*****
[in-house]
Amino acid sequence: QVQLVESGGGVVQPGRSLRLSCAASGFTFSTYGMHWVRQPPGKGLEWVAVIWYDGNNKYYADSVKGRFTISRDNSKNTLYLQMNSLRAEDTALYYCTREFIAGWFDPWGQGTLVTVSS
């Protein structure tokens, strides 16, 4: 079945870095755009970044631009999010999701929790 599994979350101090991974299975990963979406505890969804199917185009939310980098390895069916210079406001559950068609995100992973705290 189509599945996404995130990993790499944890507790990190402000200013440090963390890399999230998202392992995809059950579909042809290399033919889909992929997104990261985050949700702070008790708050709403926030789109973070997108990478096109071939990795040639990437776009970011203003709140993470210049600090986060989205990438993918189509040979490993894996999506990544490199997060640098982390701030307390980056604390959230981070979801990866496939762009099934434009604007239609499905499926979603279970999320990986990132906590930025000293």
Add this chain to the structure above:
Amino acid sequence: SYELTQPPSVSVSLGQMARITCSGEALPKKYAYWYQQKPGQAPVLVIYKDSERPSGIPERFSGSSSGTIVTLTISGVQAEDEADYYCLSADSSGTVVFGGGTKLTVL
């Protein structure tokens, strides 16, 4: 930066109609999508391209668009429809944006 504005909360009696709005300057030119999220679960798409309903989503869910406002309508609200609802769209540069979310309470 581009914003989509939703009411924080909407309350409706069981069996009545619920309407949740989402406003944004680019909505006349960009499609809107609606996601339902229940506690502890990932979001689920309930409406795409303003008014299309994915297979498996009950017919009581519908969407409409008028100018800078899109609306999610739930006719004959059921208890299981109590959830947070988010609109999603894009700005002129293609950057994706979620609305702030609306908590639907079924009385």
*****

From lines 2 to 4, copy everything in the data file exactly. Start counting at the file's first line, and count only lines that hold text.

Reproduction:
Amino acid sequence: QVQLVESGGGVVQPGRSLRLSCAASGFTFSTYGMHWVRQPPGKGLEWVAVIWYDGNNKYYADSVKGRFTISRDNSKNTLYLQMNSLRAEDTALYYCTREFIAGWFDPWGQGTLVTVSS
């Protein structure tokens, strides 16, 4: 079945870095755009970044631009999010999701929790 599994979350101090991974299975990963979406505890969804199917185009939310980098390895069916210079406001559950068609995100992973705290 189509599945996404995130990993790499944890507790990190402000200013440090963390890399999230998202392992995809059950579909042809290399033919889909992929997104990261985050949700702070008790708050709403926030789109973070997108990478096109071939990795040639990437776009970011203003709140993470210049600090986060989205990438993918189509040979490993894996999506990544490199997060640098982390701030307390980056604390959230981070979801990866496939762009099934434009604007239609499905499926979603279970999320990986990132906590930025000293």
Add this chain to the structure above: